The aphorism of “Do what you love” (DWYL) is the work mantra of our time, but the ability to pursue work out of love and not economic necessity is also a privilege. Here’s Miya Tokumitsu in Jacobin discussing why DWYL is problematic:
“Do what you love” disguises the fact that being able to choose a career primarily for personal reward is an unmerited privilege, a sign of that person’s socioeconomic class. Even if a self-employed graphic designer had parents who could pay for art school and cosign a lease for a slick Brooklyn apartment, she can self-righteously bestow DWYL as career advice to those covetous of her success.
If we believe that working as a Silicon Valley entrepreneur or a museum publicist or a think-tank acolyte is essential to being true to ourselves — in fact, to loving ourselves — what do we believe about the inner lives and hopes of those who clean hotel rooms and stock shelves at big-box stores? The answer is: nothing.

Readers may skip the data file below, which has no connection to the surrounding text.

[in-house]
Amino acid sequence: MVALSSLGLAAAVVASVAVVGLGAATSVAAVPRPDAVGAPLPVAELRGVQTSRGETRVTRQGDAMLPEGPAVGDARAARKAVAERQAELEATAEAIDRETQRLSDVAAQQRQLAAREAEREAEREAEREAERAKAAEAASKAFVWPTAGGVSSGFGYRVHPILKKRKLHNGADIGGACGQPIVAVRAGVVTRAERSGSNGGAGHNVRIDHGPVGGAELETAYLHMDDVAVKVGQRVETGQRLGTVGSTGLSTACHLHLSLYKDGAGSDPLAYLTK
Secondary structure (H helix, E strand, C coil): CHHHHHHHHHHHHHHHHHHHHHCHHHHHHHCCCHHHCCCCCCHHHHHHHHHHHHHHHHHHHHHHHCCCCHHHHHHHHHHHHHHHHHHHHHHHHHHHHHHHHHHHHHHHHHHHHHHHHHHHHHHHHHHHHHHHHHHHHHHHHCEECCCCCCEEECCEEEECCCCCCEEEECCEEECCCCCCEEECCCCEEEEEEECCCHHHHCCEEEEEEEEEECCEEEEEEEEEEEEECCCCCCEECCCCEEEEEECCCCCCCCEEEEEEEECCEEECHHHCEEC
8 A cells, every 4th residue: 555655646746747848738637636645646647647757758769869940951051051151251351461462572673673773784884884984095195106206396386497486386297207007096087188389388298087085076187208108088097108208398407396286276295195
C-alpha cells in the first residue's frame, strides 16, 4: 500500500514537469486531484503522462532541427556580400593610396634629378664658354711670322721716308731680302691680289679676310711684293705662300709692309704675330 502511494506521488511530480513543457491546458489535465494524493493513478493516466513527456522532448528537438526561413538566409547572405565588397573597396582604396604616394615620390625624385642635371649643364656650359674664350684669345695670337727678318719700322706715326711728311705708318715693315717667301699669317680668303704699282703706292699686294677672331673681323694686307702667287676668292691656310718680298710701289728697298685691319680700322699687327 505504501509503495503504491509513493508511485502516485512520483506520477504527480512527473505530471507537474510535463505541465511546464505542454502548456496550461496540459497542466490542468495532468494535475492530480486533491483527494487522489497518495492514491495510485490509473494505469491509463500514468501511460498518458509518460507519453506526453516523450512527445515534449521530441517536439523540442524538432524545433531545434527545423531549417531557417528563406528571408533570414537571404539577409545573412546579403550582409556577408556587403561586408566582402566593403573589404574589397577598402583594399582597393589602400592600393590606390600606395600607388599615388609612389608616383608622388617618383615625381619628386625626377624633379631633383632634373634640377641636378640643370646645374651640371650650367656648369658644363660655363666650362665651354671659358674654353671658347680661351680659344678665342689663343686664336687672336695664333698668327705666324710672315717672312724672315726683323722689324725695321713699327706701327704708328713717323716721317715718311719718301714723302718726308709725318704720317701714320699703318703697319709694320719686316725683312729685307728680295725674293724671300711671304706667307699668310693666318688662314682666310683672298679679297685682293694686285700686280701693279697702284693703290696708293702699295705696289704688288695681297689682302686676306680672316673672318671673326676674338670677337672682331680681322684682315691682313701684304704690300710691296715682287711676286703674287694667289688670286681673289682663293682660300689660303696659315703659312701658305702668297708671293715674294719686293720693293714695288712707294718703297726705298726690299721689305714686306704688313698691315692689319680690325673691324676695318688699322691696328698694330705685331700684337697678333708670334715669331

Yet arduous, low-wage work is what ever more Americans do and will be doing. According to the US Bureau of Labor Statistics, the two fastest-growing occupations projected until 2020 are “Personal Care Aide” and “Home Care Aide,” with average salaries of $19,640 per year and $20,560 per year in 2010, respectively. Elevating certain types of professions to something worthy of love necessarily denigrates the labor of those who do unglamorous work that keeps society functioning, especially the crucial work of caregivers.
My parents, toiling at their blue-collar working-class jobs, hammered in the idea that work was just work, a means to an end—they labored not for love, but to build a life they loved: a place where they could call a home, a home where they could raise a family. Like typical tiger parents, they encouraged me to pursue respected, well-paid careers like becoming a doctor. Being able to pursue a job other than for its remunerative rewards was a privilege. They were right, and I thank them for the privilege. [And thanks to Merin for the link.]
Photo: Amy Gahran